Aug 29, 2013

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31 Activities for Societies during NFHM – the Final 16!

Banner2013webFor National Family History Month I compiled a list of 31 activities for researchers and 31 activities for genealogy/family history societies to think about during August. Read about the first 15 activities for societies here and below is the final 16.

16 Convert your card indexes (if any) to a computer database for easier access (not to mention a back up copy)

Rekeying data can be a time consuming and boring task but it is worthwhile as it makes the data much more easier to access. Also it’s a once only task and you can then have backup copies stored off site. Call for a volunteer now!

17 Does your society newsletter or journal need a new look

Most societies have a change of look when they get a new editor or there is some other push to review the journal or newsletter. Have you ever thought of entering your society’s publication for the Nick Vine Hall awards? AFFHO presents these every year during NFHM so think about entering in 2014.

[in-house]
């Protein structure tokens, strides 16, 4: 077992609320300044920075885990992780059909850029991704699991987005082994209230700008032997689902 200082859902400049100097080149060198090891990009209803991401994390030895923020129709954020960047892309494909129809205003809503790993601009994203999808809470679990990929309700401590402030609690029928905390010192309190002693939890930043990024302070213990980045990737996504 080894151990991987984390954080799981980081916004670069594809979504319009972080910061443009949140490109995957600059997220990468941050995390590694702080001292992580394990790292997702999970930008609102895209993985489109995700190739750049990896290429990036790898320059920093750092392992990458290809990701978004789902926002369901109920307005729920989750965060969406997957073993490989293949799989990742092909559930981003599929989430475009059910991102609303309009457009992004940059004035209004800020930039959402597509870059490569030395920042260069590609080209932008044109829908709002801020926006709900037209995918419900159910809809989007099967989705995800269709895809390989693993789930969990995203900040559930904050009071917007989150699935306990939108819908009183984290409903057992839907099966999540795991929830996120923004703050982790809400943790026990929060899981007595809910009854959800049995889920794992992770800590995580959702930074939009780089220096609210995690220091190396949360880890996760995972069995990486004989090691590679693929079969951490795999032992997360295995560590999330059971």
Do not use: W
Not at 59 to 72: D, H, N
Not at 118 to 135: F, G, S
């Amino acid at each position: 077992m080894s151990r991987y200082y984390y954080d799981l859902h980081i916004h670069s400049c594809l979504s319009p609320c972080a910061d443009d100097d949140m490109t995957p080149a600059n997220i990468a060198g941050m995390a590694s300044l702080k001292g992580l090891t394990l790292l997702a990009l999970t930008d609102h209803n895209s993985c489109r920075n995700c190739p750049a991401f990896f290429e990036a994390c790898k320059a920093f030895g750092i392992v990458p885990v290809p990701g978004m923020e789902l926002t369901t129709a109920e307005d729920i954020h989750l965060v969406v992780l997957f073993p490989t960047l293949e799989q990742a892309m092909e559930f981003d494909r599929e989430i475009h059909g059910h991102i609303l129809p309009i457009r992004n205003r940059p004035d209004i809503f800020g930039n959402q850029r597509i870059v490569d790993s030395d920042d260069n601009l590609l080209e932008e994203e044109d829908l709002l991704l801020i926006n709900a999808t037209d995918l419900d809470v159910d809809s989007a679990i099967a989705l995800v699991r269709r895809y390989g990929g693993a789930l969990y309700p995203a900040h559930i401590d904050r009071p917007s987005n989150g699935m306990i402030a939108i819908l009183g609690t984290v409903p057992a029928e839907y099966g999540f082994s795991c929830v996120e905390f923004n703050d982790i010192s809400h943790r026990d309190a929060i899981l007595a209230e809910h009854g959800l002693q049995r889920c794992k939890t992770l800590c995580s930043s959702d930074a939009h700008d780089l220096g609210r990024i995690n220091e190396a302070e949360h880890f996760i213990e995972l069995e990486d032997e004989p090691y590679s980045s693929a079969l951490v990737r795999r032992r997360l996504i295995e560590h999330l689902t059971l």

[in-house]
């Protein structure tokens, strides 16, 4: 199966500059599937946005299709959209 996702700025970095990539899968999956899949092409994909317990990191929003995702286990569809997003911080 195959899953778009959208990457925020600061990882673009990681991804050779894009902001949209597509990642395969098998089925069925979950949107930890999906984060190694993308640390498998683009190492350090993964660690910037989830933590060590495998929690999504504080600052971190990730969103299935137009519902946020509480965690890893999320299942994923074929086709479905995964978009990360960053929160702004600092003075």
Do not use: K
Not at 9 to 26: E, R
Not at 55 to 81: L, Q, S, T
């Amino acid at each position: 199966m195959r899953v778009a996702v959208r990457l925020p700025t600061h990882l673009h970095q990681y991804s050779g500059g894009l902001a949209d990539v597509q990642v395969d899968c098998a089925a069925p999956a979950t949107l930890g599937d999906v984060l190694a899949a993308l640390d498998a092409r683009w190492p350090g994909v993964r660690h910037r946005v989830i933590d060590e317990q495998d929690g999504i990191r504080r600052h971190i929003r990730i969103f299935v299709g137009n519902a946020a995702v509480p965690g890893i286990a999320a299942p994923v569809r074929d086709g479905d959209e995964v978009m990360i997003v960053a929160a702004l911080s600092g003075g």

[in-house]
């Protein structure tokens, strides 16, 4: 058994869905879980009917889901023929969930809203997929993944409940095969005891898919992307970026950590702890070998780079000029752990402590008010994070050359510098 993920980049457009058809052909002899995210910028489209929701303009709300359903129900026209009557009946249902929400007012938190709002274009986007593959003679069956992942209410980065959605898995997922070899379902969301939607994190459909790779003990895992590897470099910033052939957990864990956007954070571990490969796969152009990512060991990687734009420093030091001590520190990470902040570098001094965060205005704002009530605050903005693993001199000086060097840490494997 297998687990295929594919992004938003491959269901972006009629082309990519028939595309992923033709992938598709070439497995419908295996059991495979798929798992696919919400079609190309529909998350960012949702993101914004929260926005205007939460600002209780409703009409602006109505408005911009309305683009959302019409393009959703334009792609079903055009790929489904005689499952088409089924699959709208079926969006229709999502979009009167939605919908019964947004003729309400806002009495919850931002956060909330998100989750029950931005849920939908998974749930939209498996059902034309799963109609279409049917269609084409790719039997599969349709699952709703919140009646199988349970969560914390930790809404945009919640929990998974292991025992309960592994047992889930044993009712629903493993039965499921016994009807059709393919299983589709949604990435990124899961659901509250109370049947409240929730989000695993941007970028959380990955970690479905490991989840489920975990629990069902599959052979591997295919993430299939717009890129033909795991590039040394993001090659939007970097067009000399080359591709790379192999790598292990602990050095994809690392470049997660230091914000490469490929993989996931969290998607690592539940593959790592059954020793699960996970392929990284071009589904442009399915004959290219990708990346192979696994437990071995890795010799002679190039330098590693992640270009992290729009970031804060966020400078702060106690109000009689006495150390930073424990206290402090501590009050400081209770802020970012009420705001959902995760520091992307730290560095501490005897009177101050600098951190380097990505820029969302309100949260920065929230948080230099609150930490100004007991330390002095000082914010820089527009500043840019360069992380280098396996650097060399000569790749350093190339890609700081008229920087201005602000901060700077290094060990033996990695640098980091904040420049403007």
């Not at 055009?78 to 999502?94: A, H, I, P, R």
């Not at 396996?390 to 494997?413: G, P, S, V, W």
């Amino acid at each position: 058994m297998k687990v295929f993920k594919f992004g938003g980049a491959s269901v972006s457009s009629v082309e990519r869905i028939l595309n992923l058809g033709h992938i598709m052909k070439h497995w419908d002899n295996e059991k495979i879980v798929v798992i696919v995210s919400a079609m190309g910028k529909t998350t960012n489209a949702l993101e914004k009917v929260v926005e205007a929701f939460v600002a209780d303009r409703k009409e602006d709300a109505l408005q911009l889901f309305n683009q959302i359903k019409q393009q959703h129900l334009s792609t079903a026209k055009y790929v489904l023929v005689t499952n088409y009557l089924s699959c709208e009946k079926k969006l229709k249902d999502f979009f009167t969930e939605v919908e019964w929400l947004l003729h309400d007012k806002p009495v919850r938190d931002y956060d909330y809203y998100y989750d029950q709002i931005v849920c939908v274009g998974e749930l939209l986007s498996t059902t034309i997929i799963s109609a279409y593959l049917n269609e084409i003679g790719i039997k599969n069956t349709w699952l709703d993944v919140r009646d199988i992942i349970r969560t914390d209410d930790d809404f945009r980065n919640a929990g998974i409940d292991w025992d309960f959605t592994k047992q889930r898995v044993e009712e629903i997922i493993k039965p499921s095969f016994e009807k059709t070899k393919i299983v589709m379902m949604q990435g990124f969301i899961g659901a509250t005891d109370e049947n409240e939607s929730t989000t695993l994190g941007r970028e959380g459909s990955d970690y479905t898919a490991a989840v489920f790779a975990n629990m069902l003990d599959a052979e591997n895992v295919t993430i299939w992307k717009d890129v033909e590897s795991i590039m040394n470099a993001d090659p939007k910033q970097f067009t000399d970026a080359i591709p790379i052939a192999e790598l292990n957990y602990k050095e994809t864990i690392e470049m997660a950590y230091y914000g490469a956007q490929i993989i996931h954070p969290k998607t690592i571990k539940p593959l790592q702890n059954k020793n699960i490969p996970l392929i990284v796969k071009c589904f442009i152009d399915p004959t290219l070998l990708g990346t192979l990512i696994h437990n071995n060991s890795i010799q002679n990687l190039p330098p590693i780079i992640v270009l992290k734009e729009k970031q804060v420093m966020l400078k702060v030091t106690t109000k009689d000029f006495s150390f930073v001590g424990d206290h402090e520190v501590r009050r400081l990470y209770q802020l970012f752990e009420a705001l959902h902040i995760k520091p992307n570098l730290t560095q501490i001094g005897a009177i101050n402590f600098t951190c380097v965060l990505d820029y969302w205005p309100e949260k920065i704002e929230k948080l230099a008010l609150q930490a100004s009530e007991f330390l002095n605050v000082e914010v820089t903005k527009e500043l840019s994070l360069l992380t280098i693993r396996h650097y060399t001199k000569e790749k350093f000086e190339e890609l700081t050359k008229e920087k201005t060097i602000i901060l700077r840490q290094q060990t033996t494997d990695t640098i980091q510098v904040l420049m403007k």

18 Does your library need a new layout (or tidy up)

Most societies do a shelf check each year to identify any missing items or items that have been misfiled. Donated items always need to find a home and computer equipment always needs upgrading. Is there a better way of organising your space?

19 Contact your local newspaper for publicity on society meetings and any special events

How successful are you at doing this? The local papers are usually very good for getting in notices of meetings but I also find that if you put a few paragraphs together with a photograph they may also be interested in publishing that. It’s a great way to highlight a visiting speaker or a workshop you may be holding not to mention your NFHM activities.

20 Hold a new members session at the library

New members often feel a bit lost when visiting a society’s library so having an orientation session is good and once people are more comfortable finding their way around the library, they may even find time to do library duty. I always found when I did library duty that I learnt a lot from helping others with their own research and if it’s quiet, there is always time for your own research.